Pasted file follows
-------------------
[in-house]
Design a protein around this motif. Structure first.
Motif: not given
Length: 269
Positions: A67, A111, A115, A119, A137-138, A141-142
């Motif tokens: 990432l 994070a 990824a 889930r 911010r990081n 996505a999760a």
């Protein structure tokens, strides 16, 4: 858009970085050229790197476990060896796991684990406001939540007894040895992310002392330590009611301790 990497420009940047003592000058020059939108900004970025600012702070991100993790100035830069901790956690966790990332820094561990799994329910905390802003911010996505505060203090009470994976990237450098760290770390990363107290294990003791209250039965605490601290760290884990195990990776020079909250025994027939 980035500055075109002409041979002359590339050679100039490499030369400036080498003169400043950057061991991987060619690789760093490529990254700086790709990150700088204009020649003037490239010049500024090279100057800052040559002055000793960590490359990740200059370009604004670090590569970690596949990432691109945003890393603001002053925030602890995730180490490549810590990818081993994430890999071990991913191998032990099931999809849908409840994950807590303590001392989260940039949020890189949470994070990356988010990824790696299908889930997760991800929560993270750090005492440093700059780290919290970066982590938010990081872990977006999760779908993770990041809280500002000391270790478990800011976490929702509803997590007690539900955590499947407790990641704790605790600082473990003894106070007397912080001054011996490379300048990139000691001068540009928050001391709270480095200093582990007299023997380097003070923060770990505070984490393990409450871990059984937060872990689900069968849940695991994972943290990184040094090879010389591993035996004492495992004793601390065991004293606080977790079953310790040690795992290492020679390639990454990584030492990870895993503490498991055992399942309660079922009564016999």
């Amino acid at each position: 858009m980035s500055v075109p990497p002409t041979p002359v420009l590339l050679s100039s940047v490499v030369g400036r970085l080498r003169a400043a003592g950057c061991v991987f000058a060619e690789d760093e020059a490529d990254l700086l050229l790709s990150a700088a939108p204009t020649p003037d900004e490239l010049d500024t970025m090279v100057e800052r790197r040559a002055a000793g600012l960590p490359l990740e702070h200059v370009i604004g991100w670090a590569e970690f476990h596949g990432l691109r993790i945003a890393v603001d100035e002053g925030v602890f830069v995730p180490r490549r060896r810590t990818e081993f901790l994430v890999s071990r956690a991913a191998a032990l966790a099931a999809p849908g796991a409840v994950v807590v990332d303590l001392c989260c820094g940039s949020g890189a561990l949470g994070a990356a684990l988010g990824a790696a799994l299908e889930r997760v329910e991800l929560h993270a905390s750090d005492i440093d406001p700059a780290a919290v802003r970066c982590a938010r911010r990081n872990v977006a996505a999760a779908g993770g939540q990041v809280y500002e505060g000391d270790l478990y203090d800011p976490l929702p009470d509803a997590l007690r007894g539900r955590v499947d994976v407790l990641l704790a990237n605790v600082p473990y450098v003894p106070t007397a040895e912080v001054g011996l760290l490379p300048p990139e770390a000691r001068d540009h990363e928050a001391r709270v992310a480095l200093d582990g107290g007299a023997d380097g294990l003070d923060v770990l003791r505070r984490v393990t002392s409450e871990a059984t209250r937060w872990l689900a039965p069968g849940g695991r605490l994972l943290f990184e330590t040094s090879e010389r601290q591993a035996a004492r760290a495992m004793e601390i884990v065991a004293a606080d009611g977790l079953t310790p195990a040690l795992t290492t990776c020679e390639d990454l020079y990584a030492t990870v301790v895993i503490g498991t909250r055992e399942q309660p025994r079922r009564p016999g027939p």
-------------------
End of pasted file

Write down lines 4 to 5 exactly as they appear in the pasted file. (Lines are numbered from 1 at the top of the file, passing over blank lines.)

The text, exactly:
Length: 269
Positions: A67, A111, A115, A119, A137-138, A141-142